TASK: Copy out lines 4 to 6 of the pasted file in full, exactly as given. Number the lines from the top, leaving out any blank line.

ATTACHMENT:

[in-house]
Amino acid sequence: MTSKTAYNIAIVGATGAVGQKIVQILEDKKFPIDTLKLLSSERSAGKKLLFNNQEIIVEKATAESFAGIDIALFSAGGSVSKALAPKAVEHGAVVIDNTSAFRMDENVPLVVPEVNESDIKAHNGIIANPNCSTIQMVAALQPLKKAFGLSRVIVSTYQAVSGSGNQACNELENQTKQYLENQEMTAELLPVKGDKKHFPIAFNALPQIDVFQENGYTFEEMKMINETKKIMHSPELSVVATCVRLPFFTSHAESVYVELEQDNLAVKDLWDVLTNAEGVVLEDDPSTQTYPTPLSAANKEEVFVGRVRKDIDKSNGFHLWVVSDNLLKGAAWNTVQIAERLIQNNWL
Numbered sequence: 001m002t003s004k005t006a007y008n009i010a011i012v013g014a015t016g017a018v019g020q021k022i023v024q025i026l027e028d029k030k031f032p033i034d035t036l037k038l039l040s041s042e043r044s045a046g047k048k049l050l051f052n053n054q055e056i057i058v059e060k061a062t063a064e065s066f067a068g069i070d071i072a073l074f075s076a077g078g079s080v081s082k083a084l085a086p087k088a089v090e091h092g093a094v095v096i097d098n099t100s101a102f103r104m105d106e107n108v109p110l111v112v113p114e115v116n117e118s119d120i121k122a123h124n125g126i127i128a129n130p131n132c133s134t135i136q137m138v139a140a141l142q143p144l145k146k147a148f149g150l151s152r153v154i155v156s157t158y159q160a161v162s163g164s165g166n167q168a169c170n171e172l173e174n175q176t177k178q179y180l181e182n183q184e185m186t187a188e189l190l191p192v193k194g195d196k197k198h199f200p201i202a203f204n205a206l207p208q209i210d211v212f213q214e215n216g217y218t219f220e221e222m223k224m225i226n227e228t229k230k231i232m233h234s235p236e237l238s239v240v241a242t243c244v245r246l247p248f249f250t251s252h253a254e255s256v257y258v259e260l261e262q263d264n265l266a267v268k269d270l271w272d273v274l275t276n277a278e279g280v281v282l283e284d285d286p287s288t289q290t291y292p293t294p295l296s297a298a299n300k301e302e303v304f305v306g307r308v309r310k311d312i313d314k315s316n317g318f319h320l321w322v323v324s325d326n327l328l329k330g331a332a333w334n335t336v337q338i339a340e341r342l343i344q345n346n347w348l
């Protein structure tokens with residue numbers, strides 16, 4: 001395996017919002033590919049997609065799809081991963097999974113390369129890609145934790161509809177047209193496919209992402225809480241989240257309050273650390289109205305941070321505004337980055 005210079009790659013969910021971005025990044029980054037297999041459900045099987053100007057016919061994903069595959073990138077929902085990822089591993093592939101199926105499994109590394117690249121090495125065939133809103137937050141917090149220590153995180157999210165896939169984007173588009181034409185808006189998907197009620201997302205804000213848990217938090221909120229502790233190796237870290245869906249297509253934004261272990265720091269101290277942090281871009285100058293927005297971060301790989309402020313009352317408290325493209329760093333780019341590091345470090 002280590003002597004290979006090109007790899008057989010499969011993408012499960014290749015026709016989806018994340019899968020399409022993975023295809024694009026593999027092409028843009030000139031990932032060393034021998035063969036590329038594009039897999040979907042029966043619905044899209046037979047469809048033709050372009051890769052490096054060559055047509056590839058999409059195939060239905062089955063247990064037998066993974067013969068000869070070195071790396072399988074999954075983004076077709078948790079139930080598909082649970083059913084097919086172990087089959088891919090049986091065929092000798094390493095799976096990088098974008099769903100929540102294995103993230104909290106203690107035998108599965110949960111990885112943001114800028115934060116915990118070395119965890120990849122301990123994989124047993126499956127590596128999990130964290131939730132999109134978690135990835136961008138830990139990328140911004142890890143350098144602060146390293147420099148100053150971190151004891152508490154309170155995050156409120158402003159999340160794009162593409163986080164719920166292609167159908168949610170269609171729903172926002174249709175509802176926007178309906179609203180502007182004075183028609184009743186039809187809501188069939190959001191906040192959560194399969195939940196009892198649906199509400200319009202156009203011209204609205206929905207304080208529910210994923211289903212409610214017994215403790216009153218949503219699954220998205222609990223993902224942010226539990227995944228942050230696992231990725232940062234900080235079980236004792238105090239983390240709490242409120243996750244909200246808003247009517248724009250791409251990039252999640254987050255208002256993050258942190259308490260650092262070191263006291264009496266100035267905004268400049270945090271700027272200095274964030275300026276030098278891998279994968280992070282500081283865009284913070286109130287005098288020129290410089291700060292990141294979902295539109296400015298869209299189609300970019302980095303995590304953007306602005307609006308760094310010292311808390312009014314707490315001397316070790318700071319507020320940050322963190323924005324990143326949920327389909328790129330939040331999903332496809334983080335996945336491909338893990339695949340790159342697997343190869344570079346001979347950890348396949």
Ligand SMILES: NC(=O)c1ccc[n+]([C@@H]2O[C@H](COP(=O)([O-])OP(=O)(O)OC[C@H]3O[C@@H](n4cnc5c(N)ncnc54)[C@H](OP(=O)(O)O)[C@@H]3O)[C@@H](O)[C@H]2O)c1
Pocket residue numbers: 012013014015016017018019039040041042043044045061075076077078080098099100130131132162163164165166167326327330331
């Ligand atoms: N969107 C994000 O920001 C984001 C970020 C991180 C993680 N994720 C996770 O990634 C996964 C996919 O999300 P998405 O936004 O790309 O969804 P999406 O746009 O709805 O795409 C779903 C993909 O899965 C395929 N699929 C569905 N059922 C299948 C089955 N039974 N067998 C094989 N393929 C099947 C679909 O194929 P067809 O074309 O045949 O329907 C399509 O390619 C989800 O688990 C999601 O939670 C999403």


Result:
């Protein structure tokens with residue numbers, strides 16, 4: 001395996017919002033590919049997609065799809081991963097999974113390369129890609145934790161509809177047209193496919209992402225809480241989240257309050273650390289109205305941070321505004337980055 005210079009790659013969910021971005025990044029980054037297999041459900045099987053100007057016919061994903069595959073990138077929902085990822089591993093592939101199926105499994109590394117690249121090495125065939133809103137937050141917090149220590153995180157999210165896939169984007173588009181034409185808006189998907197009620201997302205804000213848990217938090221909120229502790233190796237870290245869906249297509253934004261272990265720091269101290277942090281871009285100058293927005297971060301790989309402020313009352317408290325493209329760093333780019341590091345470090 002280590003002597004290979006090109007790899008057989010499969011993408012499960014290749015026709016989806018994340019899968020399409022993975023295809024694009026593999027092409028843009030000139031990932032060393034021998035063969036590329038594009039897999040979907042029966043619905044899209046037979047469809048033709050372009051890769052490096054060559055047509056590839058999409059195939060239905062089955063247990064037998066993974067013969068000869070070195071790396072399988074999954075983004076077709078948790079139930080598909082649970083059913084097919086172990087089959088891919090049986091065929092000798094390493095799976096990088098974008099769903100929540102294995103993230104909290106203690107035998108599965110949960111990885112943001114800028115934060116915990118070395119965890120990849122301990123994989124047993126499956127590596128999990130964290131939730132999109134978690135990835136961008138830990139990328140911004142890890143350098144602060146390293147420099148100053150971190151004891152508490154309170155995050156409120158402003159999340160794009162593409163986080164719920166292609167159908168949610170269609171729903172926002174249709175509802176926007178309906179609203180502007182004075183028609184009743186039809187809501188069939190959001191906040192959560194399969195939940196009892198649906199509400200319009202156009203011209204609205206929905207304080208529910210994923211289903212409610214017994215403790216009153218949503219699954220998205222609990223993902224942010226539990227995944228942050230696992231990725232940062234900080235079980236004792238105090239983390240709490242409120243996750244909200246808003247009517248724009250791409251990039252999640254987050255208002256993050258942190259308490260650092262070191263006291264009496266100035267905004268400049270945090271700027272200095274964030275300026276030098278891998279994968280992070282500081283865009284913070286109130287005098288020129290410089291700060292990141294979902295539109296400015298869209299189609300970019302980095303995590304953007306602005307609006308760094310010292311808390312009014314707490315001397316070790318700071319507020320940050322963190323924005324990143326949920327389909328790129330939040331999903332496809334983080335996945336491909338893990339695949340790159342697997343190869344570079346001979347950890348396949």
Ligand SMILES: NC(=O)c1ccc[n+]([C@@H]2O[C@H](COP(=O)([O-])OP(=O)(O)OC[C@H]3O[C@@H](n4cnc5c(N)ncnc54)[C@H](OP(=O)(O)O)[C@@H]3O)[C@@H](O)[C@H]2O)c1
Pocket residue numbers: 012013014015016017018019039040041042043044045061075076077078080098099100130131132162163164165166167326327330331